Let me start by saying I am just writing for my own clarification. This is not advice. I'm not qualified really to handle my own investments, never mind advice anyone else. For clarity, get your advice from a professional. This is just me noodling.
The foundation of investment strategy is diversification both within and between asset classes. It's not finding hot investments, that's gambling. Investing for non-professionals is best done (per Swanson and tons of other smart investment advisors) by picking the right diversification strategy and then some low cost well run index funds (Swanson swears by non-profit investment mutual funds but he wrote prior to the super low cost index funds)
Simple: for people with some wealth. Let's say $100,000 to $1,000,000. The truism for these people is to balance equity and debt. If you are younger and saving long term, tilt heavily towards equities. Maybe 80%. Maybe more. Inside the equity pool, focus on index funds. Get a selection of obvious ones perhaps mostly the US equity market (S&P500, perhaps VOO) and a smaller percentage in global developed (EAFE: non-North America public equities) or emerging (don't have an example). The S&P index fund probably has all the diversification you could need. If you'd like you can subdivide the sectors; Example, you can distinguish between growth investing and value investing (what index vs what index) but I'm not sure there are great index funds that make creating this distinction worthwhile. For debt, it's tricky in the modern world since T bills pay basically nothing. And while everyone agrees that in the future, there will be an interest rate, the problem with holding T bills now is that as the interest rate reinstates itself, the value of existing T bills will shrink. So, is there any value at this point in holding debt? Why not simply a money market fund?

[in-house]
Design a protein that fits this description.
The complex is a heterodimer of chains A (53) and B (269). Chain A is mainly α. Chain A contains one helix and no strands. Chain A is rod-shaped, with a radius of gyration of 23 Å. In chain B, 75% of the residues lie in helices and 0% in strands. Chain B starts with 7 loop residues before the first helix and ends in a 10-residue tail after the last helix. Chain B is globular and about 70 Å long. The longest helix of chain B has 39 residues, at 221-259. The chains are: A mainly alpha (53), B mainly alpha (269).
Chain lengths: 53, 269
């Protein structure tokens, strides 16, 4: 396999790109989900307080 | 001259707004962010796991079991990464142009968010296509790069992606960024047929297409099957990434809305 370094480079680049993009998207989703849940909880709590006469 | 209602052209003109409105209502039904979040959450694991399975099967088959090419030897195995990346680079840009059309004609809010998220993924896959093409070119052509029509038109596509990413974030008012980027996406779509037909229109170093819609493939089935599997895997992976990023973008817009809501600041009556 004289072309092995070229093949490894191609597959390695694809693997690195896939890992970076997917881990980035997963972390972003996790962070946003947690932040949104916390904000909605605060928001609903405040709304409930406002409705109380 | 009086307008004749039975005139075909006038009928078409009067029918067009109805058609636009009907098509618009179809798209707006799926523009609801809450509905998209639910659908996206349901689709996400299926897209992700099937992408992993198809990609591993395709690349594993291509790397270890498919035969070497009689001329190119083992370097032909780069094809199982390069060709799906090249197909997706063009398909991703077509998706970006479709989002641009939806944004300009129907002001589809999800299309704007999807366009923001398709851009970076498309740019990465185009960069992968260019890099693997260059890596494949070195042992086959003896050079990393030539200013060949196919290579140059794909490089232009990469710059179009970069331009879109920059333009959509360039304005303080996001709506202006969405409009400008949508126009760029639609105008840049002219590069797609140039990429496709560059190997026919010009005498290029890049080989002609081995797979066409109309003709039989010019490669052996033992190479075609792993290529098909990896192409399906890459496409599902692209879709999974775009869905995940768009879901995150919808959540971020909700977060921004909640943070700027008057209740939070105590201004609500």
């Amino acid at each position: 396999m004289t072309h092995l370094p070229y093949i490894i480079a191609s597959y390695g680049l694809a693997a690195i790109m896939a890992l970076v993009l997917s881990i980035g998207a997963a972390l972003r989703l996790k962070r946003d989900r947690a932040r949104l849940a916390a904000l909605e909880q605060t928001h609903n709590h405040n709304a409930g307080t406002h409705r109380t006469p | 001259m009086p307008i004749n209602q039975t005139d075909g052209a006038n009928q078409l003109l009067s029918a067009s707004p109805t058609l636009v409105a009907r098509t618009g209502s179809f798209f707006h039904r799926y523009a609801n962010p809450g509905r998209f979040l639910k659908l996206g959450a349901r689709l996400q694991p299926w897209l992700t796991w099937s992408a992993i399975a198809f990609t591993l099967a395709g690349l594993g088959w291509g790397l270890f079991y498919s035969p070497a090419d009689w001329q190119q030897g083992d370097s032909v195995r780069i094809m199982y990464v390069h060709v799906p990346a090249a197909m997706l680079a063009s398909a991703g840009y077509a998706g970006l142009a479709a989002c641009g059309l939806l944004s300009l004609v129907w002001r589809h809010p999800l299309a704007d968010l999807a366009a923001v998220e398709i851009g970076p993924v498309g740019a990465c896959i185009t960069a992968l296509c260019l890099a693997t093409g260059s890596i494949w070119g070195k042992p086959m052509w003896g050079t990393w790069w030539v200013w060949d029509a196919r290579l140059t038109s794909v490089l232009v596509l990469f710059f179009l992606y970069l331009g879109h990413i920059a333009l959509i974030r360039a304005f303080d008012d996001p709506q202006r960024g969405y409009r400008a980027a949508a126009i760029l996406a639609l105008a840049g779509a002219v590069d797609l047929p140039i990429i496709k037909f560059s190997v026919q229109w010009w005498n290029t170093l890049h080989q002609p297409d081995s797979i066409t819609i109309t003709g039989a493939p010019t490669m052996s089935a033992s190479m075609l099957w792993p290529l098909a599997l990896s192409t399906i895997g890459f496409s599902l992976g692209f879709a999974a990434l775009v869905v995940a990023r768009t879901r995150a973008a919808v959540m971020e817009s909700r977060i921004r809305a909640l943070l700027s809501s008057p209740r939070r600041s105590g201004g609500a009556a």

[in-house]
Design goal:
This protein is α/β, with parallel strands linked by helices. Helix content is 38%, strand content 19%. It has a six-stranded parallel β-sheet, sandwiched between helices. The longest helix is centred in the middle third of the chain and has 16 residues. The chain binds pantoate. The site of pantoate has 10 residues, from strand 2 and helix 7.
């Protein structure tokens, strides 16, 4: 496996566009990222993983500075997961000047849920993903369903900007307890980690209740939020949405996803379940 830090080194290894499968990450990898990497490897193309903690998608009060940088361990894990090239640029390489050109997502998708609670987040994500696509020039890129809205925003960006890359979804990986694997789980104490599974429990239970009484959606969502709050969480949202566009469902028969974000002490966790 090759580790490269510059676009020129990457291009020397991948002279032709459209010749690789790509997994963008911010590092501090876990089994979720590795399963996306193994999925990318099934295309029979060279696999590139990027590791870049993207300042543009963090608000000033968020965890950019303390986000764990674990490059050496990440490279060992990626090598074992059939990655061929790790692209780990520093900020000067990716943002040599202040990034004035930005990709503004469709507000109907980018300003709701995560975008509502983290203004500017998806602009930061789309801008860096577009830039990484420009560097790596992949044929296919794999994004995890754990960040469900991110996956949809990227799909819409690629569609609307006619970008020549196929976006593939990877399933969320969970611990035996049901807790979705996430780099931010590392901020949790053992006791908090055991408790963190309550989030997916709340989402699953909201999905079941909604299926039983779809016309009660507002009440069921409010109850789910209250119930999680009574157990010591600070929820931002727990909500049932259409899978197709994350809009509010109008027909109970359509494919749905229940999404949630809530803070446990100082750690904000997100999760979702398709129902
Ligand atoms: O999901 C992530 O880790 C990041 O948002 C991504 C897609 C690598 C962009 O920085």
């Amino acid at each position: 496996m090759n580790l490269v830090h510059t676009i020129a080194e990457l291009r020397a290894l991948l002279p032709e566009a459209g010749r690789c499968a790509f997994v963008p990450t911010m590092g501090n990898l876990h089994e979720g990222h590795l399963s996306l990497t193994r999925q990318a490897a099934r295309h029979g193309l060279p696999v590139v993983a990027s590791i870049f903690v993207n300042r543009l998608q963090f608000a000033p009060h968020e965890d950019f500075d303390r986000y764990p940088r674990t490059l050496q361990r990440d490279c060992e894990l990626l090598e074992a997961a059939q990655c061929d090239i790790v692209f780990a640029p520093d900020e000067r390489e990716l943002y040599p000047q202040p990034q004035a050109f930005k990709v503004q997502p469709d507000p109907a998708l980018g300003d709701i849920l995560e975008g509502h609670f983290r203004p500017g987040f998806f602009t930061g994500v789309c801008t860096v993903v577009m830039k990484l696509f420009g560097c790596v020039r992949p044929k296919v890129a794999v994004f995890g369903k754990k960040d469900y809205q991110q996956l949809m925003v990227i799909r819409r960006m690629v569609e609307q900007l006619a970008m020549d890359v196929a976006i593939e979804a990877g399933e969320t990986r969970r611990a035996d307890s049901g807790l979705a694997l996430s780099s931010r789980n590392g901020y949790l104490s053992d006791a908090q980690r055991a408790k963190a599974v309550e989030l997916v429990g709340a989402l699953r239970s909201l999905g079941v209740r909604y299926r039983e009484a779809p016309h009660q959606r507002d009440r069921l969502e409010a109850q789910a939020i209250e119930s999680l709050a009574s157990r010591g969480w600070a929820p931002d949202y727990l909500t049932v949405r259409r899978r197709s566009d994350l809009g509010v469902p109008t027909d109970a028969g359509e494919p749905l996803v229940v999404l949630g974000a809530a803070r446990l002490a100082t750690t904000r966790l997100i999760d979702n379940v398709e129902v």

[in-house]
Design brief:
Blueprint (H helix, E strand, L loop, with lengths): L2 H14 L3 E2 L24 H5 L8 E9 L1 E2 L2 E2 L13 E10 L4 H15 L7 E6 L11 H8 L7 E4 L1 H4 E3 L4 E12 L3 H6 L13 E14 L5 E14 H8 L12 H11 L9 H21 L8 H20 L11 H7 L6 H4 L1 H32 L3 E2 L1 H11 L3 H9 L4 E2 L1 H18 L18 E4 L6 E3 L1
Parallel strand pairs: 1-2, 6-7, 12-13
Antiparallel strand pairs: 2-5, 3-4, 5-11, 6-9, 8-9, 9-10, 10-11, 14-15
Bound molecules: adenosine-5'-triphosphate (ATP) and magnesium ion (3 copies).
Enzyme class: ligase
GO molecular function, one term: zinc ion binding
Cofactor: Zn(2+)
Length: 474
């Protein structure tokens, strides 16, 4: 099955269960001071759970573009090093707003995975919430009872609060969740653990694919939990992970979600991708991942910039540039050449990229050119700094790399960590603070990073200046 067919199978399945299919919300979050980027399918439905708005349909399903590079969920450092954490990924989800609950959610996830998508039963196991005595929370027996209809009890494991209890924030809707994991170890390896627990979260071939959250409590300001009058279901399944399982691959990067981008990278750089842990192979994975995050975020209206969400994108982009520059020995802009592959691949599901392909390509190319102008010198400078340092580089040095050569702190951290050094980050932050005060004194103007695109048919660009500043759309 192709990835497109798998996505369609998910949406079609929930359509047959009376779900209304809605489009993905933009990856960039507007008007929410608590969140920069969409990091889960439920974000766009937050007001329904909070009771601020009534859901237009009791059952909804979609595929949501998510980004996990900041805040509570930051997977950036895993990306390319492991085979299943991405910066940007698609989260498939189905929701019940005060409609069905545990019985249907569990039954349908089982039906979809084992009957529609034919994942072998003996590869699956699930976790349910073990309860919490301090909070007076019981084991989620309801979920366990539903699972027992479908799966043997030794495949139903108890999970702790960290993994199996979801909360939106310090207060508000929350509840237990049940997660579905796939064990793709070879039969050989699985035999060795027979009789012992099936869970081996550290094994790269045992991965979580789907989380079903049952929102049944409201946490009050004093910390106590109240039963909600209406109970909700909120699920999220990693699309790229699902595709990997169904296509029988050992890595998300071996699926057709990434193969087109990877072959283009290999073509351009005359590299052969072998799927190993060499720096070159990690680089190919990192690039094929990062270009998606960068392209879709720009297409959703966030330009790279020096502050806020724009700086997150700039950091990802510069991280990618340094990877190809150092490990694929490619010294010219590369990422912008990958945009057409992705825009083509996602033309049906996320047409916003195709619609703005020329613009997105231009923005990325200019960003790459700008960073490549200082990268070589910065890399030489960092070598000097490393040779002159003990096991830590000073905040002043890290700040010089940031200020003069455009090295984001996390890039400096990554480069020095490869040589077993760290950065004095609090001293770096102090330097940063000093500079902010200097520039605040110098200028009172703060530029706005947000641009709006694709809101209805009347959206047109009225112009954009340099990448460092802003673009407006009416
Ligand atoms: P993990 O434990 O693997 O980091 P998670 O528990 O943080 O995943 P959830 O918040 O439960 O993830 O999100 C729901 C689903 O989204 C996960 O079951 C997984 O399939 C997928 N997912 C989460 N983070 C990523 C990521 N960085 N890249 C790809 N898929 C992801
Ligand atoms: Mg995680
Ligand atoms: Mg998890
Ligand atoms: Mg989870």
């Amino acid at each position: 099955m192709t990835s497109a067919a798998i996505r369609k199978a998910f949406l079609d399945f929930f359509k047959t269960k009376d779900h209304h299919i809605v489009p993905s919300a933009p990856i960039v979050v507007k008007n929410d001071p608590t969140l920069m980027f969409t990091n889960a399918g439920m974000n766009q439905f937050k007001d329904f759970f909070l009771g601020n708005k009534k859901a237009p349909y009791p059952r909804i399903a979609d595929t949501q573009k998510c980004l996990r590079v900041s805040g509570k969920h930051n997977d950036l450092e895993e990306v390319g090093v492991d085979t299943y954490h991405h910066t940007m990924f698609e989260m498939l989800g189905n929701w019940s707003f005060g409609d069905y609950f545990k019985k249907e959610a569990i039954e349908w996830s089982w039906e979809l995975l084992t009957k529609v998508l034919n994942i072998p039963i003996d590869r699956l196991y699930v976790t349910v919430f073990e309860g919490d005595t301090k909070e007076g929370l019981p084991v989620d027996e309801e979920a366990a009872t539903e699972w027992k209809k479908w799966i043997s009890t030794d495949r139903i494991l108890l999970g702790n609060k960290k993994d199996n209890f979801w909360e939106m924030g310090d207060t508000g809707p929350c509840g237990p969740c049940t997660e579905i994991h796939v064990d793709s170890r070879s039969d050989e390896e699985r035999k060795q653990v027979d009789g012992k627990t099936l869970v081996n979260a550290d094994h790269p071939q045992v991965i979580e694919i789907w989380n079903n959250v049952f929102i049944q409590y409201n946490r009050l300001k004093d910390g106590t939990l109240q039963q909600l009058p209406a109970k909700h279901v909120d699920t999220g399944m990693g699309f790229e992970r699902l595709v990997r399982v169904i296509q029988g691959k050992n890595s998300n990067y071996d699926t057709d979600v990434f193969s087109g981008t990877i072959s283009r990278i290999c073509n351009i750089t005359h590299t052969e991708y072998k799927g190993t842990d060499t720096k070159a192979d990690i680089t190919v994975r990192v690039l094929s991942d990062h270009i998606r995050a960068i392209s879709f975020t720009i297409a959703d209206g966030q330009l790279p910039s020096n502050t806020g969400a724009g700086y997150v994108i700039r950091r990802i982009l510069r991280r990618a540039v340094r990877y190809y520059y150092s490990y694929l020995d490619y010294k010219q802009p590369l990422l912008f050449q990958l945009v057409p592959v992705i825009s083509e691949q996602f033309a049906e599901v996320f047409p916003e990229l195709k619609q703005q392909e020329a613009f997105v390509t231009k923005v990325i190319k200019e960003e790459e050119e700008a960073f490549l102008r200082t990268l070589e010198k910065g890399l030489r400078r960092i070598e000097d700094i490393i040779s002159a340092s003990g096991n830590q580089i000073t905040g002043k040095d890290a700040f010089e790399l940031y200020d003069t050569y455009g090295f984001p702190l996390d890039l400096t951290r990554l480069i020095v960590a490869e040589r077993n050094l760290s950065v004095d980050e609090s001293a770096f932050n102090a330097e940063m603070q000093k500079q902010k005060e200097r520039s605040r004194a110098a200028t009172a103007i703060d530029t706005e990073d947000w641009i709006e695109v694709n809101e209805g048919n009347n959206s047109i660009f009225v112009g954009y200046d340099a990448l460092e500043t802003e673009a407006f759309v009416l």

Complicated. People with more wealth and who want to generate enough cash to live on. Retirees. $1 - $5M in total portfolio savings including IRAs and 401Ks. This is a huge group. Boomers largely watched fixed income retirement plans disappear (in the 70s-2000) to be replaced with 401Ks and IRAs so retirement became largely self financed, not counting social security which helps but for professionals with a certain life-style, it's not nearly enough.. This means that there are tons of couples who have millions in retirement savings and are trying to figure out if they can live on that. Many would like to live off the income from these savings so that they can pass it on to their children. For these people, how should they be invested. How should these people think about diversification?
Wealthy People. A third category would be people who have enough wealth (over $5M right up to 10x that) so they can invest in some number of totally illiquid investments with a longer term perspective with higher risk/return ratios. How should they think about diversification across asset classes on criteria such as:
- liquid vs illiquid
- debt vs equity
- domestic vs international vs emerging
- real estate vs corporate
- sectors such as agriculture, tech, etc
- growth vs value
- income vs growth
Related points for these people are tax and estate planning.
There are some pretty good articles that I can find on the first category, a few on the second, but I can't find a single good article on this third category in terms of diversification strategy.